Oral & Vision Health Blog

What's the Bleaching Truth on Teeth Whitening?

Aesthetics are increasingly important in the modern age. We like to look our best and, with the rise in life expectancy brought on by recent medical innovations, want to look our best for as long as possible. One of the ways we manage this is through teeth whitening, whether at home or in the dental office.

Worldwide, the teeth whitening market will be worth over $7 billion by 2024. The at-home whitening strips market segment is worth almost $900 million alone. Advertising and celebrity endorsements for various whitening solutions are everywhere, from TV to Instagram. Clearly, many of us want white teeth, but what's the truth on teeth whitening? Let’s look at some of the ways to get there. 

Do it yourself 

At-home whitening is an option with its own options, such as strips or gels. You can get teeth whitening trays from either a dentist or in a store and fill it with whitening gel before being applied to the teeth. Use it as directed, or until you get the results you want. 

You can also choose from a variety of other over-the-counter whitening products. Be sure to carefully follow the directions for these products, which range from whitening strips to bleaching pens with LED lights for enhanced drying. Don’t forget to check if they have the ADA seal of approval. Although more affordable and accessible, some at-home products might not whiten as much as desired when compared to services offered at a dental office.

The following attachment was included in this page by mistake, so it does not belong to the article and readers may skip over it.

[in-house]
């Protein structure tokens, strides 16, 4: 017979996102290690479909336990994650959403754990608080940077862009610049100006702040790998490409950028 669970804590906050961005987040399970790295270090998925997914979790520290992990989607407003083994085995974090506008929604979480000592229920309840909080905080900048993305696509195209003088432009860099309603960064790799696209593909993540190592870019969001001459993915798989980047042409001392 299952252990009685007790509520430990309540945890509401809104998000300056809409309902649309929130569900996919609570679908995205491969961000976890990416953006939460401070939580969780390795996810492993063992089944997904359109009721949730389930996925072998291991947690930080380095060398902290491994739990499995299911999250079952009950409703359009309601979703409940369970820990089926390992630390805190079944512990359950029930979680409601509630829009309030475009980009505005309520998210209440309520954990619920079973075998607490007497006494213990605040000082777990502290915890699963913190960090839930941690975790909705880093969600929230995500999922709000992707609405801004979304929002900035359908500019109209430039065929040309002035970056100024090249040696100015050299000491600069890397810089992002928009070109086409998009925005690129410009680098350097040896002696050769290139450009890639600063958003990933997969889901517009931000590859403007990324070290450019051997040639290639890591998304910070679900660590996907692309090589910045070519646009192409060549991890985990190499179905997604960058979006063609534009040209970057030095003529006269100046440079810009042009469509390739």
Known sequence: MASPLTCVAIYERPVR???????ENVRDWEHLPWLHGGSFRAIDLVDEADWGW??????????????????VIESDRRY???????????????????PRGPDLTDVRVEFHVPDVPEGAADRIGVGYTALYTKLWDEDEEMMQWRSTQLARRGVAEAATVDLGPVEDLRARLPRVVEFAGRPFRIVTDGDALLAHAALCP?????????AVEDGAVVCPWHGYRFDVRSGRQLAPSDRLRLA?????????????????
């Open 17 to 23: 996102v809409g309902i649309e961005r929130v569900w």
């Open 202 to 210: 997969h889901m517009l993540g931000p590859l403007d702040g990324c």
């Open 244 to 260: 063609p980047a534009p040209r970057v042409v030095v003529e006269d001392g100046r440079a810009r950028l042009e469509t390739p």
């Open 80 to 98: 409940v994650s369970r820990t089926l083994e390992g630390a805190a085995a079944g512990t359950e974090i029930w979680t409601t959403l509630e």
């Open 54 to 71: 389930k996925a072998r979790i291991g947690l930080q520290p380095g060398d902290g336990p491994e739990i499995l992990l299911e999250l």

If you are looking for a more natural or cost-conscious method, you can use baking soda, likely already in your kitchen. Believe it or not, some people have tried to use household bleach as a cost-effective alternative—while it may brighten your white laundry, keep in mind that it is not intended for teeth whitening by any stretch of the imagination!

Consult a professional

In a dentist's office, the technicians have the knowledge and equipment necessary to properly whiten teeth by a significant number of shades. The whitening services offered by dentists typically has two tiers: one with and one without a halogen light. 

The halogen light is used to quickly dry the whitening solution much faster than an at-home kit LED can. If you want dentist-approved tools, but from the comfort of your own home, talk to your dentist about purchasing the gel and tray to use at home.

What are your goals?

There are a variety of ways to whiten your teeth that provide different levels of effectiveness and risk. Make sure to consult with your dentist, no matter the method you decide to take. Many dental insurance plans cover or discount the cost of teeth whitening by a dentist, which can mitigate some of the costs. Be sure to check your coverage before you make any decisions.

New Call-to-action